NIH Director Page NIH Health Information Page NIH Impact NIH Fact Sheets NIH Social Media and Outreach
EurekAlert! - National Institutes of Health  
LINKS

Resources

 

NIH Main

 

NIH Research News

 

Funded News

 
  For News & Research
  NIH Videos
  eColumn: NIH Research Matters
  NIH News in Health
  NIH Fact Sheets
 
  Additional Resources
  NIH Home Page
 

About NIH

  NIH Health Information
  Pub Med
  MedlinePlus
  Clinical trials.gov
  More News and Events Sources
  NIH News and Events, Special Interest
 
  RSS Feed RSS Feed
  Back to EurekAlert!
 

 


Department of Health and Human Services

News from the National Institutes of Health

Funded News


Key: Meeting M      Journal J      Funder F

Showing releases 101-125 out of 3436.

<< < 1 | 2 | 3 | 4 | 5 | 6 | 7 | 8 | 9 > >>

Public Release: 15-Jul-2014
Journal of Neuroscience
Transplantation of new brain cells reverses memory loss in Alzheimer's disease model
A new study from the Gladstone Institutes has revealed a way to alleviate the learning and memory deficits caused by apoE4, the most important genetic risk factor for Alzheimer's disease, improving cognition to normal levels in aged mice.
California Institute for Regenerative Medicine, National Institutes of Health, SD Bechtel Jr. Foundation, Roddenberry Foundation, Hellman Foundation

Contact: Dana Smith
dana.smith@gladstone.ucsf.edu
415-734-2532
Gladstone Institutes

Public Release: 15-Jul-2014
Body Image
Study: Body Dysmorphic Disorder patients have higher risk of personal and appearance-based rejection sensitivity
Researchers have found that fear of being rejected because of one's appearance, as well as rejection sensitivity to general interpersonal situations, were significantly elevated in individuals with Body Dysmorphic Disorder. These fears, referred to as personal rejection sensitivity and appearance-based rejection sensitivity, can lead to diminished quality of life and poorer mental and overall health. Body Dymorphic Disorder is an under-recognized body image disorder that affects an estimated 1.7 to 2.4 percent of the population.
NIH/National Institute of Mental Health, US Department of Veterans Affairs

Contact: Ellen Slingsby
eslingsby@lifespan.org
401-444-6421
Lifespan

Public Release: 15-Jul-2014
mBio of the American Society of Microbiology
TGen-led study finds likely origin of lung fungus invading Pacific Northwest
Cryptococcus gattii, a virulent fungus that has invaded the Pacific Northwest is highly adaptive and warrants global "public health vigilance," according to a study by an international team led by the Translational Genomics Research Institute (TGen). C. gattii, which likely originated in Brazil, is responsible for dozens of deaths in recent years since it was first found in 1999 on Vancouver Island, British Columbia, Canada, well outside its usual tropical habitats.
National Institutes of Health, Medical Research Council of South Africa

Contact: Steve Yozwiak
syozwiak@tgen.org
602-343-8704
The Translational Genomics Research Institute

Public Release: 15-Jul-2014
Journal of Physical Chemistry C
3-D nanostructure could benefit nanoelectronics, gas storage
A three-dimensional porous nanostructure would have a balance of strength, toughness and ability to transfer heat that could benefit nanoelectronics, gas storage and composite materials that perform multiple functions, according to engineers at Rice University.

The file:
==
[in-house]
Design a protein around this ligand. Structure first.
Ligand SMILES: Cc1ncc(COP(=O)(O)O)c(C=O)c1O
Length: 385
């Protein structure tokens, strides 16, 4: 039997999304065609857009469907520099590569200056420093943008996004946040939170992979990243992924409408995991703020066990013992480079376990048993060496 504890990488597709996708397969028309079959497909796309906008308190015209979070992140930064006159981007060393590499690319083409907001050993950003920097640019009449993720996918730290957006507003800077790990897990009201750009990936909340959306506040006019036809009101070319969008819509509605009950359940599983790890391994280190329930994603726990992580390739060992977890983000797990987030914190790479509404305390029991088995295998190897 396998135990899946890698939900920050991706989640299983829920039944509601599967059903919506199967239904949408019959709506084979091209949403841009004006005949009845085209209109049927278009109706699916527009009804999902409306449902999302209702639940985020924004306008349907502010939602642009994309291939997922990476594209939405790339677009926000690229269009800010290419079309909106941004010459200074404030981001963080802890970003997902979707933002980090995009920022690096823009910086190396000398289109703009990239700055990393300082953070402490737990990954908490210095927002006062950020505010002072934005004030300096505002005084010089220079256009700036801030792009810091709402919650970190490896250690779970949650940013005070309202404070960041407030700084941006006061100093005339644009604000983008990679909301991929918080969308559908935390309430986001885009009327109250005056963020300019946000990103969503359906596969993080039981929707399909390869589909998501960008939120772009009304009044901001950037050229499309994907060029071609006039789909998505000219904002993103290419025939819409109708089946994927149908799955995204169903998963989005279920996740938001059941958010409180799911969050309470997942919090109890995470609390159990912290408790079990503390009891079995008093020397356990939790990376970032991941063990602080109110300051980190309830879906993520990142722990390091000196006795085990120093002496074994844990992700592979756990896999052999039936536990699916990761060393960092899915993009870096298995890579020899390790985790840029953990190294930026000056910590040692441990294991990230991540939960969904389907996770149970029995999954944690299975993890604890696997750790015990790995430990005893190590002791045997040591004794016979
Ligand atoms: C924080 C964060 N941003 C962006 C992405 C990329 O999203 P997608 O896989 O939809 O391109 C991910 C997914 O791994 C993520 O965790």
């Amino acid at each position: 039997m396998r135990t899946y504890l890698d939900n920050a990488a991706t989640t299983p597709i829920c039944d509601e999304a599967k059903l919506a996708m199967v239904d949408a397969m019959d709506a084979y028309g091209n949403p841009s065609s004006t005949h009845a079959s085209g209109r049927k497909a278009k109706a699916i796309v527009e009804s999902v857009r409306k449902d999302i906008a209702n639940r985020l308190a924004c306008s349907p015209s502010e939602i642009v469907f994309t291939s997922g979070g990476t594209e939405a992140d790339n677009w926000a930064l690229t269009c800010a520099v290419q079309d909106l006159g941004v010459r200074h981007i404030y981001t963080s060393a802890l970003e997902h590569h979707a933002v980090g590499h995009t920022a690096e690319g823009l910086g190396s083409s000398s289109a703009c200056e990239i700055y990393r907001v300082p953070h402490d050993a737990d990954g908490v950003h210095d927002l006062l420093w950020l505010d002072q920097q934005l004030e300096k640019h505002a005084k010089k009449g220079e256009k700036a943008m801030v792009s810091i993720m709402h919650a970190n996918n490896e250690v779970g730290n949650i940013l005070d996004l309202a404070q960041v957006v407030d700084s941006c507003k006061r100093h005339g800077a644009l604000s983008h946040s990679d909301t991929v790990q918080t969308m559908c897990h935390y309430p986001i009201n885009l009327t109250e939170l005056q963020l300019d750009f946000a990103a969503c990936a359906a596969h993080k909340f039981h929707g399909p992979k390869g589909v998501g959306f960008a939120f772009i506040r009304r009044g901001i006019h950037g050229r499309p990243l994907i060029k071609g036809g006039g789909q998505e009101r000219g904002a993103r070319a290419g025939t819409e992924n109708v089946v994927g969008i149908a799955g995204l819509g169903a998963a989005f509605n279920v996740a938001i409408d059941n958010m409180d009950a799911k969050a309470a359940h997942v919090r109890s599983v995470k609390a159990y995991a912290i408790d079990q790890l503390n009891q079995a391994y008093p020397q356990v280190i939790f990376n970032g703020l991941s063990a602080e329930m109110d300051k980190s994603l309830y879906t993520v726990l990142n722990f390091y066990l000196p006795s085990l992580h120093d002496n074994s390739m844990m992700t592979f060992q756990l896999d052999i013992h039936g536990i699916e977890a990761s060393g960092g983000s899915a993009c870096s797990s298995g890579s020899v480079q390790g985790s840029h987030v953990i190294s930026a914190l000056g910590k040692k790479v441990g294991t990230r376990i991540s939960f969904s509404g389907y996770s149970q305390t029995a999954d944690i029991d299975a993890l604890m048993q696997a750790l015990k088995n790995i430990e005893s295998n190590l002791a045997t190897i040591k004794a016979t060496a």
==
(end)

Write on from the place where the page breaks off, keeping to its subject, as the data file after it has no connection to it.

Rice University, National Institutes of Health, IBM, CISCO, Qlogic, Adaptive Computing, National Science Foundation

Contact: David Ruth
david@rice.edu
713-348-6327
Rice University

Public Release: 15-Jul-2014
Molecular Cell
New UK study helps scientists understand melanoma development
A new study by University of Kentucky researchers shows how a genetic defect in a specific hormonal pathway may make people more susceptible to developing melanoma, the deadliest type of skin cancer.
National Institutes of Health, Drury Pediatric Research Endowed Chair Fund, Wendy Will Case Cancer Research Fund, Markey Cancer Foundation, Children's Miracle Network, Jennifer and David Dickens Melanoma Research Foundation

Contact: Allison Perry
allison.perry@uky.edu
859-323-2399
University of Kentucky

Public Release: 15-Jul-2014
Interface Focus
Game theory model reveals vulnerable moments for cancer cells' energy production
Cancer's no game, but researchers at Johns Hopkins are borrowing ideas from evolutionary game theory to learn how cells cooperate within a tumor to gather energy. Their experiments, they say, could identify the ideal time to disrupt metastatic cancer cell cooperation and make a tumor more vulnerable to anti-cancer drugs.
NIH/National Cancer Institute

Contact: Vanessa Wasta
wasta@jhmi.edu
410-614-2916
Johns Hopkins Medicine

Public Release: 15-Jul-2014
American Journal of Men's Health
Adolescent males seek intimacy and close relationships with the opposite sex
Teenage boys desire intimacy and sex in the context of a meaningful relationship and value trust in their partnerships, according to researchers at Columbia University's Mailman School of Public Health. The research provides a snapshot of the development of masculine values in adolescence, an area that has been understudied.
National Institutes of Health

Contact: Stephanie Berger
sb2247@columbia.edu
212-305-4372
Columbia University's Mailman School of Public Health

Public Release: 15-Jul-2014
Alzheimer's & Dementia
Fish oil supplements reduce incidence of cognitive decline, may improve memory function
Rhode Island Hospital researchers have completed a study that found regular use of fish oil supplements (FOS) was associated with a significant reduction in cognitive decline and brain atrophy in older adults. The study examined the relationship between FOS use during the Alzheimer's Disease Neuroimaging Initiative and indicators of cognitive decline. The findings are published online in advance of print in the journal Alzheimer's & Dementia.